If you've been following her recording career for the last 15 years or attended any of her shows in that time, then you won't be surprised by Regina Belle's new musical transition. In the '80s and '90s, the New Jersey native climbed the charts with such mellifluous urban-pop numbers as "Baby Come to Me," "Make It Like It Was" and "A Whole New World," the Grammy-winning duet with Peabo Bryson from the 1995 Disney film Aladdin. But on her new album, the elegant Lazy Afternoon, Belle pushes her jazz roots to the top, injecting new life into Broadway show tunes and standards made famous by Barbra Streisand, Sarah Vaughan, Billie Holiday and others. This direction was inevitable: Belle has always indulged her jazz impulse on her records and especially in concerts.
"This album is something I've always wanted to do," says the singer, who's calling from her home in Fairburn, Ga. Belle performs at WWIN Radio's Stone Soul Picnic at Druid Hill Park Saturday afternoon. "Peak [Belle's record label] kinda saw the vision because they're a jazz label. Andi Howard, the president, always had her sights set on me doing a jazz album."
Lazy Afternoon isn't a jazz record in the traditional sense. The incomparable George Duke handles the production, backing Belle with organic urban-soul arrangements radiating a tasteful, unobtrusive jazzy sheen: smart saxophone solos by Everette Harp, supportive bass lines by Christian McBride. At the heart of these re-interpretations, propelling them into flight is Belle's voice - a dynamic instrument recalling the sultriness of Nancy Wilson, the powerful soul punch of Dakota Staton. With Duke's lean, swingin' arrangements, such evergreens as "Lazy Afternoon," "Fly Me to the Moon" and "Corcovado" are not easily recognizable.
"George is not trying to impose himself on you in the studio," Belle says. "That's not the case with all producers, especially someone of his caliber. They want you to sound like they want you to sound. George was there and made it easy to be myself."
Over the years, the songstress has shared the stage with the singer-songwriter-producer.
"We're a lot alike," says Belle, 40. "We do our gig and go back to the hotel. We don't hang out, so that's why we never met personally all these years until he came to work on this album."
One of the most overlooked singers to spring out of the urban scene in the late '80s, Belle, for the most part, stood in Anita Baker's shadow. Both artists put out smooth R&B; records with subtle jazz overtones. Both boasted an ornately stylish vocal approach - though Baker's phrasing was far more eccentric. Of the two, Belle was always more accessible. But Baker scored four multi-platinum albums while Belle landed just two gold-certified LPs.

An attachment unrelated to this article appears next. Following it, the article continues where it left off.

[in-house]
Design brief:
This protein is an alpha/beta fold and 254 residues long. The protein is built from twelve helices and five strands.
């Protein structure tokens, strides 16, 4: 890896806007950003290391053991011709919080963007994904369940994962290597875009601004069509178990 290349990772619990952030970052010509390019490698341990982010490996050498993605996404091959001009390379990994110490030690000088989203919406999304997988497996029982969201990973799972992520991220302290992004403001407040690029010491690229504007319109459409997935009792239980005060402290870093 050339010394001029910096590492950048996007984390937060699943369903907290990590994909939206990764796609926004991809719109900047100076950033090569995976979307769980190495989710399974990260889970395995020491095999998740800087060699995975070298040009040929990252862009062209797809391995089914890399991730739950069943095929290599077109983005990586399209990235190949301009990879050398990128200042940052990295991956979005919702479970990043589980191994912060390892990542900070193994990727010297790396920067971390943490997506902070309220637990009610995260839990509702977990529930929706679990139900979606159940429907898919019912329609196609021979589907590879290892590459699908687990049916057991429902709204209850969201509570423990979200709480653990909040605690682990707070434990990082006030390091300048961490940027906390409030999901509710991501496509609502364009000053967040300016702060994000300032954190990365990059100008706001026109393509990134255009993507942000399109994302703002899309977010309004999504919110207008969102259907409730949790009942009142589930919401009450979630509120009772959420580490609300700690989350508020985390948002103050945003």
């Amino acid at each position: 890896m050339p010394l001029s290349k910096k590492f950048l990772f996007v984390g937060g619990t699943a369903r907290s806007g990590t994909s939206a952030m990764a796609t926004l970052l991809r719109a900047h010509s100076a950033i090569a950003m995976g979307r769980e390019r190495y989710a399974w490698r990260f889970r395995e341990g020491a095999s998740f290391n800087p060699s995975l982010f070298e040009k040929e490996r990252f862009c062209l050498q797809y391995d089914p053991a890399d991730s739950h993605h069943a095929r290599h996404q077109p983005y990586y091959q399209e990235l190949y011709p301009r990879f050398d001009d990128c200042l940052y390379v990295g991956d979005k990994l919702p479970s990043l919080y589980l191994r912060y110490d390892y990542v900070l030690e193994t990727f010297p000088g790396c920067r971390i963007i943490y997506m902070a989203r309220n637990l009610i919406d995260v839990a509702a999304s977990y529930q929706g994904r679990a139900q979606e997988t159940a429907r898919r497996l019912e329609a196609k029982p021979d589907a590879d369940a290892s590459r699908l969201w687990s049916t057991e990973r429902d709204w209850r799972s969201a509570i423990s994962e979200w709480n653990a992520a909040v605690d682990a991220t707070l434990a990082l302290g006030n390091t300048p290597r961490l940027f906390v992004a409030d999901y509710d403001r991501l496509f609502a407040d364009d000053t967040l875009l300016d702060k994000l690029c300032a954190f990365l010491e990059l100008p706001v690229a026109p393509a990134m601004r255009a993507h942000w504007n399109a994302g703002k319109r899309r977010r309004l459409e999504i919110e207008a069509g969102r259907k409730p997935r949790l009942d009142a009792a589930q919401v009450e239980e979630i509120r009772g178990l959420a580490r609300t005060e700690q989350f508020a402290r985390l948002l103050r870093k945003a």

While the Detroit star has been away from the scene for the last 10 years, Belle has worked consistently, though the chart hits have dried up. Two years ago, she garnered a Grammy nomination for This is Regina, a modern soul-pop album and her first for Peak Records.
She has devoted much of her energy to raising her five children, ages 7 to 25. Four of them are still at home. In 1991, at the height of her fame, she married former NBA player John Battle. And as her home life quickly blossomed, Belle curtailed her tour schedule to accommodate her family.
"I try to make sure I'm not the mom missing in action," she says.
Belle works mostly on the weekends and tours regularly during the summer months. At this point in her career, the veteran urban-pop performer says she feels no pressure to compete with the current crop of bodacious R&B; starlets out there. Musically, there are some things she still wants to try, like a gospel album. But with the positive critical response to Lazy Afternoon, the jazz bag may take her career to another level.
In making the album, "The problem, if any, was trying to make sure I didn't insult anybody musically," Belle says. "I pay tribute to all the greats: Billie, Dinah, Sarah. My challenge was doing this in a way to show respect and allow me to be myself."
Regina Belle performs at WWIN Radio's Stone Soul Picnic Concert Series at 5 p.m. Saturday in Druid Hill Park, 2600 Madison St. Admission is free.
Hear Rashod Ollison on the radio, Tuesdays at 1 p.m. on Live 105.7 and Thursdays at 5 p.m. on WTMD-FM 89.7.